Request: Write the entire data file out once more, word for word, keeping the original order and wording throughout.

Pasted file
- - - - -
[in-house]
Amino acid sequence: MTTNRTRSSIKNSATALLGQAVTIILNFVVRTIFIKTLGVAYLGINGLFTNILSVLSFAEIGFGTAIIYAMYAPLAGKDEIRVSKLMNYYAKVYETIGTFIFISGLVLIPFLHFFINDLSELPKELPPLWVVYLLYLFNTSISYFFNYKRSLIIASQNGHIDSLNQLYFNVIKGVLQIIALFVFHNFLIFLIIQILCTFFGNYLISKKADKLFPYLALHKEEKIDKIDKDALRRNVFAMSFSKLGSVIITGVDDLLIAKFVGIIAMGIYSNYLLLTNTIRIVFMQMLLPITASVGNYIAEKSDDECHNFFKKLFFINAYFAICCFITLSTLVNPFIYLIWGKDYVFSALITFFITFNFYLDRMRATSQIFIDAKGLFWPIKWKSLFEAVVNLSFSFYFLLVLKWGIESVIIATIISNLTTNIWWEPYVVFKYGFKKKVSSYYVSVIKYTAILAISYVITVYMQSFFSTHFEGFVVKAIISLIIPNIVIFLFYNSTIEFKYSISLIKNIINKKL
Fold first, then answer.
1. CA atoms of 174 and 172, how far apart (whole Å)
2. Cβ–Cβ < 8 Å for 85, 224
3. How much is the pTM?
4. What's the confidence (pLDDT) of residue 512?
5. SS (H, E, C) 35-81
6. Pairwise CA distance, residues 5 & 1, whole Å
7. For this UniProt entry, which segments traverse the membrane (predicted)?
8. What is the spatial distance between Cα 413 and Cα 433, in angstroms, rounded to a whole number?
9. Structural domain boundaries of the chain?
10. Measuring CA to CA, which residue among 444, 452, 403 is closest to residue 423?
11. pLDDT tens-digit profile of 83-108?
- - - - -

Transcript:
[in-house]
Amino acid sequence: MTTNRTRSSIKNSATALLGQAVTIILNFVVRTIFIKTLGVAYLGINGLFTNILSVLSFAEIGFGTAIIYAMYAPLAGKDEIRVSKLMNYYAKVYETIGTFIFISGLVLIPFLHFFINDLSELPKELPPLWVVYLLYLFNTSISYFFNYKRSLIIASQNGHIDSLNQLYFNVIKGVLQIIALFVFHNFLIFLIIQILCTFFGNYLISKKADKLFPYLALHKEEKIDKIDKDALRRNVFAMSFSKLGSVIITGVDDLLIAKFVGIIAMGIYSNYLLLTNTIRIVFMQMLLPITASVGNYIAEKSDDECHNFFKKLFFINAYFAICCFITLSTLVNPFIYLIWGKDYVFSALITFFITFNFYLDRMRATSQIFIDAKGLFWPIKWKSLFEAVVNLSFSFYFLLVLKWGIESVIIATIISNLTTNIWWEPYVVFKYGFKKKVSSYYVSVIKYTAILAISYVITVYMQSFFSTHFEGFVVKAIISLIIPNIVIFLFYNSTIEFKYSISLIKNIINKKL
Fold first, then answer.
1. CA atoms of 174 and 172, how far apart (whole Å)
2. Cβ–Cβ < 8 Å for 85, 224
3. How much is the pTM?
4. What's the confidence (pLDDT) of residue 512?
5. SS (H, E, C) 35-81
6. Pairwise CA distance, residues 5 & 1, whole Å
7. For this UniProt entry, which segments traverse the membrane (predicted)?
8. What is the spatial distance between Cα 413 and Cα 433, in angstroms, rounded to a whole number?
9. Structural domain boundaries of the chain?
10. Measuring CA to CA, which residue among 444, 452, 403 is closest to residue 423?
11. pLDDT tens-digit profile of 83-108?